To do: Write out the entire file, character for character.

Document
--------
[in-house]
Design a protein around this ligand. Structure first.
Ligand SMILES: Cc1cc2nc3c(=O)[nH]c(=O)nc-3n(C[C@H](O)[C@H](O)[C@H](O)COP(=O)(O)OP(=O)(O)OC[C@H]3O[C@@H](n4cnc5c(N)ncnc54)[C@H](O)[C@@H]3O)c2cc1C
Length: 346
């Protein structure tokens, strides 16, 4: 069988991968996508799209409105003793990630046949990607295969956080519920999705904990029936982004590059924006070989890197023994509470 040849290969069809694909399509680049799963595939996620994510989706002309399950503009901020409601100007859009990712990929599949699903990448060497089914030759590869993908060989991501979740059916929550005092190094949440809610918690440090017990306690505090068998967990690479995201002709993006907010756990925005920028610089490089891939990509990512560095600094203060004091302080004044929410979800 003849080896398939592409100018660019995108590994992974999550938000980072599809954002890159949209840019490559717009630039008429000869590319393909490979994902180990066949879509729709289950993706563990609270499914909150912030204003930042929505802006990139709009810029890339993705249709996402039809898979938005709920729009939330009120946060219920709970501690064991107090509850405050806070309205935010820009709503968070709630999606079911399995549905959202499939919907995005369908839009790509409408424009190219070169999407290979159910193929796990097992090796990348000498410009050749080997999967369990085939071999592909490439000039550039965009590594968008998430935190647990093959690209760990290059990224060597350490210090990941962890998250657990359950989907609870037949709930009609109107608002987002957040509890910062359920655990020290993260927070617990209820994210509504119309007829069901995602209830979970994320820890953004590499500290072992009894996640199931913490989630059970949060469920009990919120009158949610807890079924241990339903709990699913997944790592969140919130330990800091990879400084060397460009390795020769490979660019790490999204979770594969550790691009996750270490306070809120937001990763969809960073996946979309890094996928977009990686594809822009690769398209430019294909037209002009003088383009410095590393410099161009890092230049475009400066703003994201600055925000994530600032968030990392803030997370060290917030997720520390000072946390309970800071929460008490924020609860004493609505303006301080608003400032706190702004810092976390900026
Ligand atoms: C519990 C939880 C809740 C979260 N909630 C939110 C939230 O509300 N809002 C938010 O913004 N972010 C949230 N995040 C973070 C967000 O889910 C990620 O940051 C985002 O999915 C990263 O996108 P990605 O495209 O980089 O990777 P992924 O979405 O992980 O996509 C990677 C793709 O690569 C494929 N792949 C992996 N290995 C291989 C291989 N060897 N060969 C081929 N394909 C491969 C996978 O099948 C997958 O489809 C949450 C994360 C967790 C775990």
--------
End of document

[in-house]
Design a protein around this ligand. Structure first.
Ligand SMILES: Cc1cc2nc3c(=O)[nH]c(=O)nc-3n(C[C@H](O)[C@H](O)[C@H](O)COP(=O)(O)OP(=O)(O)OC[C@H]3O[C@@H](n4cnc5c(N)ncnc54)[C@H](O)[C@@H]3O)c2cc1C
Length: 346
């Protein structure tokens, strides 16, 4: 069988991968996508799209409105003793990630046949990607295969956080519920999705904990029936982004590059924006070989890197023994509470 040849290969069809694909399509680049799963595939996620994510989706002309399950503009901020409601100007859009990712990929599949699903990448060497089914030759590869993908060989991501979740059916929550005092190094949440809610918690440090017990306690505090068998967990690479995201002709993006907010756990925005920028610089490089891939990509990512560095600094203060004091302080004044929410979800 003849080896398939592409100018660019995108590994992974999550938000980072599809954002890159949209840019490559717009630039008429000869590319393909490979994902180990066949879509729709289950993706563990609270499914909150912030204003930042929505802006990139709009810029890339993705249709996402039809898979938005709920729009939330009120946060219920709970501690064991107090509850405050806070309205935010820009709503968070709630999606079911399995549905959202499939919907995005369908839009790509409408424009190219070169999407290979159910193929796990097992090796990348000498410009050749080997999967369990085939071999592909490439000039550039965009590594968008998430935190647990093959690209760990290059990224060597350490210090990941962890998250657990359950989907609870037949709930009609109107608002987002957040509890910062359920655990020290993260927070617990209820994210509504119309007829069901995602209830979970994320820890953004590499500290072992009894996640199931913490989630059970949060469920009990919120009158949610807890079924241990339903709990699913997944790592969140919130330990800091990879400084060397460009390795020769490979660019790490999204979770594969550790691009996750270490306070809120937001990763969809960073996946979309890094996928977009990686594809822009690769398209430019294909037209002009003088383009410095590393410099161009890092230049475009400066703003994201600055925000994530600032968030990392803030997370060290917030997720520390000072946390309970800071929460008490924020609860004493609505303006301080608003400032706190702004810092976390900026
Ligand atoms: C519990 C939880 C809740 C979260 N909630 C939110 C939230 O509300 N809002 C938010 O913004 N972010 C949230 N995040 C973070 C967000 O889910 C990620 O940051 C985002 O999915 C990263 O996108 P990605 O495209 O980089 O990777 P992924 O979405 O992980 O996509 C990677 C793709 O690569 C494929 N792949 C992996 N290995 C291989 C291989 N060897 N060969 C081929 N394909 C491969 C996978 O099948 C997958 O489809 C949450 C994360 C967790 C775990």